Relationship Deal Breakers, Then And Now

I recently had breakfast with a woman I dated almost 20 years ago, soon after I graduated from college. She's married now, with two beautiful kids and a husband who seems like one of those solid, true-blue, stay-at-home-dad kind of guys. I'm married now, too (though not to a stay-at-home dad), with kids who are also pretty swell, mostly because my wife is such an outstanding mother.

My former girlfriend and I dated for approximately two years, as I recall, and remained close for a while after we no longer lived in the same city. However, I can't recall us ever talking about marrying each other, largely because neither of us was sure we wanted to marry anyone. I actually was quite adamant about remaining single my entire life; she may have been more on the fence.

This got me to thinking about how priorities change for relationships as we get older. Every once in a while, I'll have a conversation with someone about “deal breakers” - the personality traits or habits that would make any relationship (whether it's romantic, professional, or platonic) pretty much impossible. If you would have asked me in my 20s for the list of  deal breakers in a potential spouse, I would have listed something along the lines of the following:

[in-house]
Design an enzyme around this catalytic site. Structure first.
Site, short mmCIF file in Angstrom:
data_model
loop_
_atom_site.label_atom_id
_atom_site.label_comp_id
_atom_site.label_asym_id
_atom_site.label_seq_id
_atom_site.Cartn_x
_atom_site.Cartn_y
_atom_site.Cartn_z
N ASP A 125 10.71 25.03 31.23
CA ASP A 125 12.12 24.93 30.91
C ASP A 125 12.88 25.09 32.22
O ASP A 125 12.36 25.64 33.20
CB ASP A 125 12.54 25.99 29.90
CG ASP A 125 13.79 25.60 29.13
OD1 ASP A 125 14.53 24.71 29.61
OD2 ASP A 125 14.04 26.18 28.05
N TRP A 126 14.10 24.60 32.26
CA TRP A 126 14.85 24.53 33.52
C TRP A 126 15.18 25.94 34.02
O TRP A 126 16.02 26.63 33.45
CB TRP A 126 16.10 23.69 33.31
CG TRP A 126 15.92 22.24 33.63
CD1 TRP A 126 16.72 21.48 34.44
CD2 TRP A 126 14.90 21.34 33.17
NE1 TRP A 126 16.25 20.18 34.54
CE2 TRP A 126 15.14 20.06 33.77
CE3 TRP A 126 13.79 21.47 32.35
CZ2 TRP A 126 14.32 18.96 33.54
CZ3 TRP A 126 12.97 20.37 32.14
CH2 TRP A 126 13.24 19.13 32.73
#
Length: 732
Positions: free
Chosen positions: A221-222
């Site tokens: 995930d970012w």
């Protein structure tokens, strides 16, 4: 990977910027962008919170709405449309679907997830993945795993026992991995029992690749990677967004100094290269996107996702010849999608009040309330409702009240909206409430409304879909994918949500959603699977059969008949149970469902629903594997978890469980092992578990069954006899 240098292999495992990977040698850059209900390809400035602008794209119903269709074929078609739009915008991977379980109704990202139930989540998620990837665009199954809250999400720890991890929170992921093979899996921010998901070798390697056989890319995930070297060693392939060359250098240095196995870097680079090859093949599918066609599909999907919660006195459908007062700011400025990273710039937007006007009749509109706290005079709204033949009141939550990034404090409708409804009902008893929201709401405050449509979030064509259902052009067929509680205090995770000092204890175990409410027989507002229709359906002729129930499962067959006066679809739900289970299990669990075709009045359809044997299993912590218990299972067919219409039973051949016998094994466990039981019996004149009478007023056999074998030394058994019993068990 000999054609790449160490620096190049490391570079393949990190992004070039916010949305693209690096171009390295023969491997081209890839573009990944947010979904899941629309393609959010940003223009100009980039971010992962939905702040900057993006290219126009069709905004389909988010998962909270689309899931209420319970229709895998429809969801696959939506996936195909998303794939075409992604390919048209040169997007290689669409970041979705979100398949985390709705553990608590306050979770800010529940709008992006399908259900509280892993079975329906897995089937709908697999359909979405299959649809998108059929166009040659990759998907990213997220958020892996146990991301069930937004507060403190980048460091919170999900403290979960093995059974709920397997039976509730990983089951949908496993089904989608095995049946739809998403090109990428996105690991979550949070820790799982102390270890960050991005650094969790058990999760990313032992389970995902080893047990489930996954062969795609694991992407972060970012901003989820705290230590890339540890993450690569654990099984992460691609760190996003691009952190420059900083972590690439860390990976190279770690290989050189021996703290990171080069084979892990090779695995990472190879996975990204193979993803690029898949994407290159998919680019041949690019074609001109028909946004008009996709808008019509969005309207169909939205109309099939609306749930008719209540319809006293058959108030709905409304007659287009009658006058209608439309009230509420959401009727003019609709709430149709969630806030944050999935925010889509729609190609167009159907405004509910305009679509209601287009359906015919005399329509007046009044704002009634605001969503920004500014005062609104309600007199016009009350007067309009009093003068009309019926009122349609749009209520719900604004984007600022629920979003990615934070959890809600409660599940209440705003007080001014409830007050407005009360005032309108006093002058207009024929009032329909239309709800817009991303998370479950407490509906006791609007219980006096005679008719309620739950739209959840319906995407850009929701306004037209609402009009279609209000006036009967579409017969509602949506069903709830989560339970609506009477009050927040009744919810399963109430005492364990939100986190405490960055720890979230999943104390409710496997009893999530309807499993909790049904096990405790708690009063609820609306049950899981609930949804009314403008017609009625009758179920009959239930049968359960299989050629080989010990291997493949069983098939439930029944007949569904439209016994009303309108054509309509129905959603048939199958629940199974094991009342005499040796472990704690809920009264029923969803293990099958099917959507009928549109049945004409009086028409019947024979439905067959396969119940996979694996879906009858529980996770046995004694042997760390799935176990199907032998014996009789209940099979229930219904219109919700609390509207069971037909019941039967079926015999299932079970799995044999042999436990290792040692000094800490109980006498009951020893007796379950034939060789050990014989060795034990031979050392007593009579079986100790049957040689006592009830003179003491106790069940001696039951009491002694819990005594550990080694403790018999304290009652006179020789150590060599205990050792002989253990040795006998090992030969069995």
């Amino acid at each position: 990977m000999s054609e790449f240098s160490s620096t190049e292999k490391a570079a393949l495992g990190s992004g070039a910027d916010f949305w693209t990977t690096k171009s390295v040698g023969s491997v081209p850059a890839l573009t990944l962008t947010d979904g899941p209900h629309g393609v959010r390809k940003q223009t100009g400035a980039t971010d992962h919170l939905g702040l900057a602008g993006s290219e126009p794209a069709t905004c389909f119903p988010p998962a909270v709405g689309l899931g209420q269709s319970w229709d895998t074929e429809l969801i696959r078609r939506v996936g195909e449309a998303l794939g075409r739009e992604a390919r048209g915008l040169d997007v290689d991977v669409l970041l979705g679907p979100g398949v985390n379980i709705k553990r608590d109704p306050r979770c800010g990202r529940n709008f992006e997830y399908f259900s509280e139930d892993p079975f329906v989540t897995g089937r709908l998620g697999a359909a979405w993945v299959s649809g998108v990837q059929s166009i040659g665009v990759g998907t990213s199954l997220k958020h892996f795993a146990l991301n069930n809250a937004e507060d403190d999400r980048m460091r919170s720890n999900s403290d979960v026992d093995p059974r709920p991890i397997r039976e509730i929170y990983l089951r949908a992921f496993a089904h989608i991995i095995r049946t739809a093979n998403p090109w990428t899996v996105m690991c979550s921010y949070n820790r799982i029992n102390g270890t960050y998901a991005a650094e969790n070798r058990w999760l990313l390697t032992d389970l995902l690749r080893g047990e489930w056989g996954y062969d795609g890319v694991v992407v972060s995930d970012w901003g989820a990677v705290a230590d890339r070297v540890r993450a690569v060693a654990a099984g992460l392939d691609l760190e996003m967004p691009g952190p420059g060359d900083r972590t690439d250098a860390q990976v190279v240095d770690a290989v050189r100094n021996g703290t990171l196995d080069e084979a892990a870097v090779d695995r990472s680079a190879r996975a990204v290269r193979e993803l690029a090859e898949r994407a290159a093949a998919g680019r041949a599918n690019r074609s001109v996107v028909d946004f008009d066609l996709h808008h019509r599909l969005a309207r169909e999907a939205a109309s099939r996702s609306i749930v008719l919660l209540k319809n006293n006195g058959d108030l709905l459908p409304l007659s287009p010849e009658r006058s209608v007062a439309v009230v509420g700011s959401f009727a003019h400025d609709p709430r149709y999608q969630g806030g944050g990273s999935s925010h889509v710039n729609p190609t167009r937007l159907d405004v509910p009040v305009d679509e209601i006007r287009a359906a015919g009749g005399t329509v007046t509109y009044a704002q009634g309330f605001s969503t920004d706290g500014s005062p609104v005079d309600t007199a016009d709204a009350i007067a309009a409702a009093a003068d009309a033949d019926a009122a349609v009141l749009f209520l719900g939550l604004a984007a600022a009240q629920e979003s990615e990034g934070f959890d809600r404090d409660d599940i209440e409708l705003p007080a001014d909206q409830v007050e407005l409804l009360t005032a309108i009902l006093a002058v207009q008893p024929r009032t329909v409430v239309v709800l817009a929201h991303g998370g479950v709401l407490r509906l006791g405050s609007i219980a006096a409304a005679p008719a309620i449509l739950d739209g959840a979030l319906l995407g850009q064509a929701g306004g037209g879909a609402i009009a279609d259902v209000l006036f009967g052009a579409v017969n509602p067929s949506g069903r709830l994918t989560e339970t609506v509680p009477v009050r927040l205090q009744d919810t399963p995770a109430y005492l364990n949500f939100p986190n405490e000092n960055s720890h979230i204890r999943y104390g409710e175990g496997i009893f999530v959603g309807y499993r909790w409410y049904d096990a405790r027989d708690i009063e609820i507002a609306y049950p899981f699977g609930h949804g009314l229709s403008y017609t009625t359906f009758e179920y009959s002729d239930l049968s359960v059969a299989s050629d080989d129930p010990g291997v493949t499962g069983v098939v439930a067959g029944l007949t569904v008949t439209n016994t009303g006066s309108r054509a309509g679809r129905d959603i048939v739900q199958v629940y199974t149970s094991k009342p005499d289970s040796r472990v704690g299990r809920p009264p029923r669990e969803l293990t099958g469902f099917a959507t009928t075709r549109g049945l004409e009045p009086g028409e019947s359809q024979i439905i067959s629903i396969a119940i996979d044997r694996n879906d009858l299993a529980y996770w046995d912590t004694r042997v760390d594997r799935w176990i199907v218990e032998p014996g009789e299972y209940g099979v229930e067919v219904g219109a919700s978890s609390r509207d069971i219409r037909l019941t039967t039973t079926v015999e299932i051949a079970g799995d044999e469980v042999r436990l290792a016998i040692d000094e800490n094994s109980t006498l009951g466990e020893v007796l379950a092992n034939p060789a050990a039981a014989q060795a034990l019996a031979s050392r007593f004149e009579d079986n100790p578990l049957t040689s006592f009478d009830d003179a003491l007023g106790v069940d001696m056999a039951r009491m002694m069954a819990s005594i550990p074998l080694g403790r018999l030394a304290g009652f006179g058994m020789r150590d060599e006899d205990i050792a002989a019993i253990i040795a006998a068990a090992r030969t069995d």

• She consumed drugs or alcohol (which I saw as the same thing). I was a very judgmental and self-righteous young man.
  • She smoked.
  • Her goal was to get married, and soon.
  • She had little to no sense of humor.
  • She wasn't Catholic. I told you I was very judgmental and self-righteous.
  • She was a couch potato.
    • She didn't like the smell of pickles. Just kidding, sorta - my sisters used to tell me I smelled like pickles. They also called me Lurch (as in the “Addams Family” butler). Don't you love siblings?

There would have been other characteristics that would have been challenging, such as hating to dance, not appreciating music, and not enjoying books (which are these pieces of paper that are glued or stitched together - you might have seen some in your grandmother's house). But they wouldn't have been insurmountable. And, of course, I'm not talking about the extreme relationship squashers - for example, being a cannibal. I'm just talking about the characteristics and habits that you'd encounter in everyday life. I'm sure you had/have your own, which would be interesting to read in the comments section below.